16 Collision Theory Collision Theory – Molecules must collide with each other in order to react. Particle must collide with another particle or the container wall. Types of collisions Effective Collisions: Lead to the formation of products Ineffective Collisions: Do not lead to the formation of products

17 Factors which determine effectiveness of collisions:
1) Energy of particles 2) Orientation of particles In a chemical reaction, the kinetic energy of the reactants is converted to potential energy for the products.

18 Ineffective Collision – Insufficient Energy - No Products
Effective Collision – Sufficient Energy – Forms Products

19 Effective collisions have enough energy, and the correct orientation to form products. Ineffective collisions revert to the original products.

20 Activation Energy (EA)
Particles must possess a minimum amount of energy in order to react. Analogy: Rolling a ball up a hill Activation Energy: Energy needed to start a reaction; difference between the energy at the peak and the energy of the reactants

21 Activation Energy

22 Energy Diagram for a Chemical Rxn.
Reaction Pathway Activated Complex Ea forward reaction (80 kJ) Ea reverse reaction (140 kJ) (kJ) Added Catalyst Energy of Reactants ∆H = -60 kJ (for.) +60 kJ (rev.) Potential Energy of Products Forward Reaction Reverse Reaction (Exo) (Endo)

23 Endothermic Exothermic

24 Activated Complex Transition State: A short-lived complex which lives as neither a reactant or product. This state occurs when old bonds are broken and new bonds are formed. This complex is called the activated complex. Activation energy is the energy needed to form the activated complex.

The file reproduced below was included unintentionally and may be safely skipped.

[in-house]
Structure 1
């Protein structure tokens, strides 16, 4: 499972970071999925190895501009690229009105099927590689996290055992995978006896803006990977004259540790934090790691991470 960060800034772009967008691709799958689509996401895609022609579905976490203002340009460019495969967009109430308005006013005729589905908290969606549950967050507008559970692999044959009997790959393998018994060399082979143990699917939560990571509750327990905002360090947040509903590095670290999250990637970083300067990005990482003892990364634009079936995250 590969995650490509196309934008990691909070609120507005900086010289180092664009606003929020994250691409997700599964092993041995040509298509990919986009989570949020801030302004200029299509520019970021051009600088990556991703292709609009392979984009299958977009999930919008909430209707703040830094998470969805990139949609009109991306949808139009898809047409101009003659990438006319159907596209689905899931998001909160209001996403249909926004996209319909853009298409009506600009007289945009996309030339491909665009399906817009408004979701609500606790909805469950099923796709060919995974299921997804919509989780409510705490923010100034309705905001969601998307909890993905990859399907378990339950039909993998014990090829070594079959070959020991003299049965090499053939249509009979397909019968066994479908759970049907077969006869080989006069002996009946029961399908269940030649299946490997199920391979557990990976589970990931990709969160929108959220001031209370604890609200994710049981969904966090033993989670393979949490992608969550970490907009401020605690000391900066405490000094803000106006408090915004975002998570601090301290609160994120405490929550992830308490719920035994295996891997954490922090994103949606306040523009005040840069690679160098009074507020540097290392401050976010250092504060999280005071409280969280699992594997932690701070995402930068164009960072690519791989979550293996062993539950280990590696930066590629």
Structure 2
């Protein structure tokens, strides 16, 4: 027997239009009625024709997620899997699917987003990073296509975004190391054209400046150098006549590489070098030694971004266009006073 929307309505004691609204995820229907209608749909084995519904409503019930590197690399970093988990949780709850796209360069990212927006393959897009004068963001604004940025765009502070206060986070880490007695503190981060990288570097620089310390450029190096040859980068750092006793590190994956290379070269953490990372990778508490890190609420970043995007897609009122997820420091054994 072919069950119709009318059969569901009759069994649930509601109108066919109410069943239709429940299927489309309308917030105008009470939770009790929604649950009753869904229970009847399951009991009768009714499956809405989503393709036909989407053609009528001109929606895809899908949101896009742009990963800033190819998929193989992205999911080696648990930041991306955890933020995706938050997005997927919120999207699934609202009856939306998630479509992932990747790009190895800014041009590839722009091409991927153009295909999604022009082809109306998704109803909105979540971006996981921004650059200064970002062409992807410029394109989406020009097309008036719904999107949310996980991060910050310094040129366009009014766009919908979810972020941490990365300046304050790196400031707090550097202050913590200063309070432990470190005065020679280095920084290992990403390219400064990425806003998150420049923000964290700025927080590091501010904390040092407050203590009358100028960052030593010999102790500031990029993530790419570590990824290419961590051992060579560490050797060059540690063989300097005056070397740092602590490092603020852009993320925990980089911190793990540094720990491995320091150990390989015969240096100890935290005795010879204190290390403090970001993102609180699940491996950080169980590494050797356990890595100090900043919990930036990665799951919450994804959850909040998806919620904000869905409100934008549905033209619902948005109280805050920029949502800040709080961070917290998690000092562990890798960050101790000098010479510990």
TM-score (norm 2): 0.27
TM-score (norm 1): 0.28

25 Activated Complex (cont.)
Most reactions occur in a series of steps called a reaction mechanism. A B B C C D Often one step is slower than the others. It is called the rate determining step. A substance that increases the rate of a chemical reaction by providing a mechanism with a lower energy of activation is called a catalyst.

26 Factors Affecting Reaction Rates
Reaction rate is determined by measuring a change in concentration of reactants and products in a certain amount of time. Reaction rates are determined experimentally. Rate-influencing factors are those factors that affect rate of reactions by altering the frequency, orientation, or energy levels at which the particles collide.

27 Factors affecting the rate of reaction
A) Nature of Reactants 1) Structure: The more complex, the slower it reacts.

28 A) Nature of Reactants 2) State: Gases react the fastest and solids react the slowest.

29 B) Temperature: As temperature increases, the rate of the reaction increases.
Rule of Thumb: Rate doubles every 10ºC increase

30 C) Concentration: As concentration increases, the rate of the reaction increases.

31 D) Surface Area: As surface area increases, the rate of the reaction increases.

32 E) Catalyst increases the rate of the reaction without being used in the reaction.
Catalysts speed up the reaction rate by reducing the activation energy needed for the reaction to occur. Uncatalyzed reaction (slow) Catalyzed reaction (fast)

33 Inhibitors: slow the rate of the reaction

34 Energy diagram involving a catalyst: